Like other fitness gurus, Funk believes Twin Falls’ population growth has been a big driver in getting more exercise options to come in. People who’ve moved here from bigger cities were used to having more options, and studios like hers are already close to capacity due to the growing demand.
“We’ve probably doubled the amount of classes we do, and we’re filling up,” Funk said.
Meanwhile, the city of Twin Falls has been taking a close look at its zoning ordinances, which currently mandate all indoor recreation facilities to obtain a special use permit — a process that set back Hive Hot Yoga by about five weeks. Those rules could become less stringent in the future.
Funk and Chapin have been excited to see more options come in over the past couple of years, each offering a unique service. Gemstone Climbing Center was Twin Falls’ first indoor climbing gym. Core Cycle Studio, open since Dec. 17, offers indoor cycling, Pilates and fusion classes. And Bull Moose Bicycles in downtown Twin Falls hosts bike rides and other events for the cycling community.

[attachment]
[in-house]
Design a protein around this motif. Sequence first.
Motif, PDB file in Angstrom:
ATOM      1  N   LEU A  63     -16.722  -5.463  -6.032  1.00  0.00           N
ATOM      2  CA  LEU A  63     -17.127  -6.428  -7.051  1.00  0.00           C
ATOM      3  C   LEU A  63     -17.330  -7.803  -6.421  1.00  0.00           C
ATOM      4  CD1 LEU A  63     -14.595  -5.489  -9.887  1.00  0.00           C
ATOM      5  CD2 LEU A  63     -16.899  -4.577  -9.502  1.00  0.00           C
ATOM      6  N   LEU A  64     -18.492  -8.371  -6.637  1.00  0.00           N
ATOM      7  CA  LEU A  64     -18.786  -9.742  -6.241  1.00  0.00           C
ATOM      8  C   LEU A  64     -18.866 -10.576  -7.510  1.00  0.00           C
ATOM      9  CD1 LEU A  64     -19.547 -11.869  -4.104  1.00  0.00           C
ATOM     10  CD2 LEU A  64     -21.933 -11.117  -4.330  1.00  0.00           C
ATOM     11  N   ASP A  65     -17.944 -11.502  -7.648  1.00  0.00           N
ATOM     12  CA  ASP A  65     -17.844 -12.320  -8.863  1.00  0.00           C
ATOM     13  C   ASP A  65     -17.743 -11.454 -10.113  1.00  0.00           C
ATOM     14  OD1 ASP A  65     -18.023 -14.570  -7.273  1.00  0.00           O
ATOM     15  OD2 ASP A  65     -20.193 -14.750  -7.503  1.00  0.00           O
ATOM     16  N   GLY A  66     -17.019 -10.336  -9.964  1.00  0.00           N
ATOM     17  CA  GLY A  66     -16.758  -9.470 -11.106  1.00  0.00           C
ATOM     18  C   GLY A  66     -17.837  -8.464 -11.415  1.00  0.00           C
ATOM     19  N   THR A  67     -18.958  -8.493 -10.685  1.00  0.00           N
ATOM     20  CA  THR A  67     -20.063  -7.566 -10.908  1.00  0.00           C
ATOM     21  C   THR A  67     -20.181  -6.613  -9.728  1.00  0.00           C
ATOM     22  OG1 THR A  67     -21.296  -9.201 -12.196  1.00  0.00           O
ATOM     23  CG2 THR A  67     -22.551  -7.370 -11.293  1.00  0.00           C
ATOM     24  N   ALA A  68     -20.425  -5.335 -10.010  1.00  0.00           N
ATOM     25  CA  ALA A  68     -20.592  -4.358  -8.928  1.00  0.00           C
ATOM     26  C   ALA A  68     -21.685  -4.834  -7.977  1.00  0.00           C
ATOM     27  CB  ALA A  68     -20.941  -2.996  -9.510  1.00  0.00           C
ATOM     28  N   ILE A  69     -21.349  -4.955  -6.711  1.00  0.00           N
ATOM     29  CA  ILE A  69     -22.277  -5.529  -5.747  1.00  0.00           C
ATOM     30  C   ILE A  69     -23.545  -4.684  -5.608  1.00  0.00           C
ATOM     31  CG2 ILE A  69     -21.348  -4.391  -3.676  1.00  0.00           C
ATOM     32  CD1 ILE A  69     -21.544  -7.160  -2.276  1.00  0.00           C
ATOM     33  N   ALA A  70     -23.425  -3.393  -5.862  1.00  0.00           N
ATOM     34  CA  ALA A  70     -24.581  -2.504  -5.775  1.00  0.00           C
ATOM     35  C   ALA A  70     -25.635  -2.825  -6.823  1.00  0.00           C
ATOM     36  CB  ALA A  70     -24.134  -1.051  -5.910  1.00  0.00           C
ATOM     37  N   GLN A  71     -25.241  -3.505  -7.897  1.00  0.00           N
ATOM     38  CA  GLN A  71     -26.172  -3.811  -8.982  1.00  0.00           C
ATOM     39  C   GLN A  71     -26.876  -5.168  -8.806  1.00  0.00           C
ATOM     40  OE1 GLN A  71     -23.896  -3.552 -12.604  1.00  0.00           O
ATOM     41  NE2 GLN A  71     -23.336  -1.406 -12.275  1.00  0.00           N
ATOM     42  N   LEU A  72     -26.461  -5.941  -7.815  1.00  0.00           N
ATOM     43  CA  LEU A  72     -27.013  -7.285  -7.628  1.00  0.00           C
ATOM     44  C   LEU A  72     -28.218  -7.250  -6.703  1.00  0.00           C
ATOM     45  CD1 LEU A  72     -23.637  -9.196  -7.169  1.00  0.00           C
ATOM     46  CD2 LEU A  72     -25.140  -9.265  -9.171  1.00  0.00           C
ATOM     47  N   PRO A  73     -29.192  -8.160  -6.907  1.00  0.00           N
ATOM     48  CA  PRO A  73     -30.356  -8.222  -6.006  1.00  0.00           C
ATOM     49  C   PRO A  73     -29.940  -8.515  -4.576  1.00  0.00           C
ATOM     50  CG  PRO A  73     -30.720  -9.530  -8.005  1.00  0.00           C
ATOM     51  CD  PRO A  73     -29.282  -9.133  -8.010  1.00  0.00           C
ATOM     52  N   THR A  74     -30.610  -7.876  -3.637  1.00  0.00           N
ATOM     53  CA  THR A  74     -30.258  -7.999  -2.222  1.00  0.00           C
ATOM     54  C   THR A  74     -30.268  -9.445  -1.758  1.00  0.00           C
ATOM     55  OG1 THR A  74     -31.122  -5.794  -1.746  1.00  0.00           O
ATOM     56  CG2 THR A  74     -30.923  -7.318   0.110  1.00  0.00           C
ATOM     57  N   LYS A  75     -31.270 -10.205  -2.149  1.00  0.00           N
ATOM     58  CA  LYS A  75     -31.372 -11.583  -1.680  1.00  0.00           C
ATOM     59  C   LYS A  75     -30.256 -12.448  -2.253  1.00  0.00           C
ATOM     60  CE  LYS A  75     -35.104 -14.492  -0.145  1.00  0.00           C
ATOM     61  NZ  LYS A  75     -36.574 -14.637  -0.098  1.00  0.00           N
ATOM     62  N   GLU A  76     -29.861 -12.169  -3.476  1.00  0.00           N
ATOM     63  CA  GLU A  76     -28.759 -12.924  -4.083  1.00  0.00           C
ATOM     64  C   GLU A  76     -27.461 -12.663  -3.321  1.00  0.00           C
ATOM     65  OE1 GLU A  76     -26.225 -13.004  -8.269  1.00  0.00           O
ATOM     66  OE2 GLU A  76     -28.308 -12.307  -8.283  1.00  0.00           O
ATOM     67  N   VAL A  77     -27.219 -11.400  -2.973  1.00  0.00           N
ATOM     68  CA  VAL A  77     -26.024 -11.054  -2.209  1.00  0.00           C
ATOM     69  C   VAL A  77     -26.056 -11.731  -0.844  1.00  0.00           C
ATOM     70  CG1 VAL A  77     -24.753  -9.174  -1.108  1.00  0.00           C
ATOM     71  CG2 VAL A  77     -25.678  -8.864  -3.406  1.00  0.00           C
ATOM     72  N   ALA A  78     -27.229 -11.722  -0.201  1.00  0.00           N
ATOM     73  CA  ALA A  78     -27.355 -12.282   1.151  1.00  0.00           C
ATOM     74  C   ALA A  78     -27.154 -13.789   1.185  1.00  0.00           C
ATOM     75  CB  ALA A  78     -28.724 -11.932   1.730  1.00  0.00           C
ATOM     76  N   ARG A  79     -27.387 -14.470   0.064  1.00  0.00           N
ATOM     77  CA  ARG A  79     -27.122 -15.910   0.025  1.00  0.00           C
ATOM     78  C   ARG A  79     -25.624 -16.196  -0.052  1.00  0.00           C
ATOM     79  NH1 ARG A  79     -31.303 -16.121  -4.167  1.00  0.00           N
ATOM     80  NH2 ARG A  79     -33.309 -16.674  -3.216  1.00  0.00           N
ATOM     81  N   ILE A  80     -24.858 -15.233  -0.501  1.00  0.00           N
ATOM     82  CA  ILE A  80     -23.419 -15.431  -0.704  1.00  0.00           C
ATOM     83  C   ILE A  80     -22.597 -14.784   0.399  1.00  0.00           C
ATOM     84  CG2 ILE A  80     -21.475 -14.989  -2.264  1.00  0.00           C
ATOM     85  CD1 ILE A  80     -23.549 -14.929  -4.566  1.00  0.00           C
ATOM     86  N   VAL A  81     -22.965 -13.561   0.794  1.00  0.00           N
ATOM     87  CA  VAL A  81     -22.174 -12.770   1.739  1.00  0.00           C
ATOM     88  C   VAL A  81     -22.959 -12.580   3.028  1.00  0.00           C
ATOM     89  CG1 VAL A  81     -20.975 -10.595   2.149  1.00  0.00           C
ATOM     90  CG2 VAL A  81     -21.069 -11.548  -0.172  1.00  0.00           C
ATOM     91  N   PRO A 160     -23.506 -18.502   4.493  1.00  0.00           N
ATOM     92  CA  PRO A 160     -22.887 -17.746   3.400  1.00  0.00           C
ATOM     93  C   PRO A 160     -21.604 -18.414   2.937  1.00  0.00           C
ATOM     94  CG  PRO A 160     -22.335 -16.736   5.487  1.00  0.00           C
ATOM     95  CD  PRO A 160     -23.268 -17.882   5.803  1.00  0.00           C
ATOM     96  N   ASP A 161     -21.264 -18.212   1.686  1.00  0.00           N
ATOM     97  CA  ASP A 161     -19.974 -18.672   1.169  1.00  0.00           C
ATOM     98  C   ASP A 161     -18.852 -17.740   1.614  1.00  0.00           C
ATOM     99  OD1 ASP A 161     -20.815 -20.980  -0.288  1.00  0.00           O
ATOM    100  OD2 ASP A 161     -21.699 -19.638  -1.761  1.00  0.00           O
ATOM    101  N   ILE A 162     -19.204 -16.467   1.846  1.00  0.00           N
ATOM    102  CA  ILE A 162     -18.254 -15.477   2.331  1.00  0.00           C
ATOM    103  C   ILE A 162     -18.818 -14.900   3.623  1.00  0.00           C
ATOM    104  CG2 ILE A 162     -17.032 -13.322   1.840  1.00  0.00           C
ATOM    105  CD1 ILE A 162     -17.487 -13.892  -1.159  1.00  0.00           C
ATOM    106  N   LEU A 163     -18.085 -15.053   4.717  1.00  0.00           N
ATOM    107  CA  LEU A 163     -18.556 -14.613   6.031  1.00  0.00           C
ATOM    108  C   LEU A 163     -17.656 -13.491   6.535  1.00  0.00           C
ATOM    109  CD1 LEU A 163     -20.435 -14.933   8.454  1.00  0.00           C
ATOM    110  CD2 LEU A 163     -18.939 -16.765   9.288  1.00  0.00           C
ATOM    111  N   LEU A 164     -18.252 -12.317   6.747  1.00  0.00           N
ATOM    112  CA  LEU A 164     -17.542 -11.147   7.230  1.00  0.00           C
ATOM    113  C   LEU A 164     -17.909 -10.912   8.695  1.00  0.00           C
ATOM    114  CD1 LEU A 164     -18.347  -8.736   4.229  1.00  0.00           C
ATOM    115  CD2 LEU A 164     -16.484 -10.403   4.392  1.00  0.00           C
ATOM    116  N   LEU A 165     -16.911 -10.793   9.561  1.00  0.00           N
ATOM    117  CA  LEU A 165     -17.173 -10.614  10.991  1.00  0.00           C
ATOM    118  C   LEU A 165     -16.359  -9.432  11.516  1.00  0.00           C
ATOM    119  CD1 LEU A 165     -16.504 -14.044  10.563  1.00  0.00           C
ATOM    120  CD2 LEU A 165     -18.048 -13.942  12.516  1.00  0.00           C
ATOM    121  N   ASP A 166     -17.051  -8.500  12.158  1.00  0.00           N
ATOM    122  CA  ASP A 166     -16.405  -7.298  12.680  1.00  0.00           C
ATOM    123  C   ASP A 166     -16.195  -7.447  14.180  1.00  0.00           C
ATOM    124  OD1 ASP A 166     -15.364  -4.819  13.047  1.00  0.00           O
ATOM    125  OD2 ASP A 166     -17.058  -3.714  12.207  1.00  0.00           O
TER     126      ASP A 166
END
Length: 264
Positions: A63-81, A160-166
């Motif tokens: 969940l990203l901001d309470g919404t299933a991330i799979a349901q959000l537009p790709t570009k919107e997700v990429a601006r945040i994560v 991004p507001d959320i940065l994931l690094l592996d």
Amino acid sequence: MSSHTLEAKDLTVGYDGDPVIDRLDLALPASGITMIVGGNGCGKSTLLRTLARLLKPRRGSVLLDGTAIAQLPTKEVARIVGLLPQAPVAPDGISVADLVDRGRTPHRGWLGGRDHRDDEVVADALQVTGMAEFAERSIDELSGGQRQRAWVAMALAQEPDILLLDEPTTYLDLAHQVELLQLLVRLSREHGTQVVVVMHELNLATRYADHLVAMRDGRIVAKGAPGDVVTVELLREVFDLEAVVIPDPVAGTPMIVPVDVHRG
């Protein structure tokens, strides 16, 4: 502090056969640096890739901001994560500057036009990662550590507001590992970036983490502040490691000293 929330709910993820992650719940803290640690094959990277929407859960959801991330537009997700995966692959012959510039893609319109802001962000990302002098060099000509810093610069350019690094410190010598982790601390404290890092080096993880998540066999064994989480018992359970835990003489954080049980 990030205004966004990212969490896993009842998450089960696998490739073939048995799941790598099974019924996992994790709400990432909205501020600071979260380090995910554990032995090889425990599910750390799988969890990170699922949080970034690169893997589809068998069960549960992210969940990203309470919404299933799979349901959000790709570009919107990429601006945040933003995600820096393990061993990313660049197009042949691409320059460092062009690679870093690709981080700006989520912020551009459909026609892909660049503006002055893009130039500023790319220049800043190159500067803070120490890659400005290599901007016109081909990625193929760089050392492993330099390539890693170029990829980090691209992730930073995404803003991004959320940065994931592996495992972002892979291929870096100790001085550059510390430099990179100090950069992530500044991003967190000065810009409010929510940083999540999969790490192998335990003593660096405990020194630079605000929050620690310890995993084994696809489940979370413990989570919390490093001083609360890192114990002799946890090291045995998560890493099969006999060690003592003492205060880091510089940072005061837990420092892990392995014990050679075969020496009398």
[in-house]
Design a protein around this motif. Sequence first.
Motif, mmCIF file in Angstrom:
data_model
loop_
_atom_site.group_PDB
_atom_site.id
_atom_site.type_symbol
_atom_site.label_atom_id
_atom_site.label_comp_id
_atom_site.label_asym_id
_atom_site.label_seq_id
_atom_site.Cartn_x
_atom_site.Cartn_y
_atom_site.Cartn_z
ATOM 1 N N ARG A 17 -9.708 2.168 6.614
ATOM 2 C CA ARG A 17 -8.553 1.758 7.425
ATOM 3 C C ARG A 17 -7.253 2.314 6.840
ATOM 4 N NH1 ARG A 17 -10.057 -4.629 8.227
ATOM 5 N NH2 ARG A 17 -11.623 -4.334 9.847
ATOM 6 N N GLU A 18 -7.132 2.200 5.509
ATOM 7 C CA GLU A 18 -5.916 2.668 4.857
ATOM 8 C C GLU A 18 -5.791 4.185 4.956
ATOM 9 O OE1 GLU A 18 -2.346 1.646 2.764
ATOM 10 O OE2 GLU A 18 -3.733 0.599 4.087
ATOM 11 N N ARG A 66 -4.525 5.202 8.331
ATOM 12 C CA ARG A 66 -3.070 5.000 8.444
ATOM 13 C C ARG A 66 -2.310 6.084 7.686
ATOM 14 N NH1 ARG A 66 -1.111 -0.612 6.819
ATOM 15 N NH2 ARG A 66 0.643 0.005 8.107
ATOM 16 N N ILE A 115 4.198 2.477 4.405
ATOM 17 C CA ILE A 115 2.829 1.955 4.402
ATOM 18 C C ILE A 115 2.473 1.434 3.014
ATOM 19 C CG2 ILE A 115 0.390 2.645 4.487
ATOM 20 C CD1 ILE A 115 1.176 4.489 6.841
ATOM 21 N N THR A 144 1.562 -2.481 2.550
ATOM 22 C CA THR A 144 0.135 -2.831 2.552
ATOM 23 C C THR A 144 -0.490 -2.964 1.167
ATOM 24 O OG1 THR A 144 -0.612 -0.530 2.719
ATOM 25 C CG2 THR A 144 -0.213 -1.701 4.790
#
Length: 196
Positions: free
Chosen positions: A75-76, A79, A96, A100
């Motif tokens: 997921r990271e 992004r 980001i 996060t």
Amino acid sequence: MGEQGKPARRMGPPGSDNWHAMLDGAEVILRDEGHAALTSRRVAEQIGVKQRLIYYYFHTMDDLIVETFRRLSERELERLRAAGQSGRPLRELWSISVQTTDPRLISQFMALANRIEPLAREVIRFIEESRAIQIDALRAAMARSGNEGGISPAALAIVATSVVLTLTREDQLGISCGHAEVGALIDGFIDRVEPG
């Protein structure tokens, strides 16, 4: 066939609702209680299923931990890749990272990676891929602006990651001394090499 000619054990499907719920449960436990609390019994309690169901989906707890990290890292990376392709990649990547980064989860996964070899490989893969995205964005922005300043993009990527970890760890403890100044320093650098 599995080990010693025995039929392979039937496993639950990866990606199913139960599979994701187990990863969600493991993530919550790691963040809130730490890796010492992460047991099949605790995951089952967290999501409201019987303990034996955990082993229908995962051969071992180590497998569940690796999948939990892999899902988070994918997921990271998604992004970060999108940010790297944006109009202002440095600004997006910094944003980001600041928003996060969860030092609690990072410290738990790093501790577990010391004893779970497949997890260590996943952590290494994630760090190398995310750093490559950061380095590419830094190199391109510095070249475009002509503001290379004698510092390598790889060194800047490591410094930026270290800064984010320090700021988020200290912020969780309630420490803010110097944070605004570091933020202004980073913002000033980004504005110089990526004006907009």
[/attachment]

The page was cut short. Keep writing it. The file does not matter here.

“I think we all bring something to the table,” Chapin said. “It’s just the preference of the client.”
WASHINGTON — The stranger-than-sitcom American presidency opened 2018 with a big tease about mutual nuclear destruction from two leaders who then found “love” not war. It seems President Donald Trump and North Korea’s Kim Jong Un were just playing hard to get.
The presidency ends the year saturated in tumult, with the government in partial shutdown and Trump tweeting a video of himself warbling a parody of the theme song from “Green Acres,” a television sitcom from the 1960s, to mark his signing of a farm bill.
Throw in a beer-loving and very angry Supreme Court nominee, an unhappy departing defense secretary, Trump’s parallel universe of facts and his zillion tweets, and you can see that the president’s world this year was touched by the weird, the traumatic and the fantastical.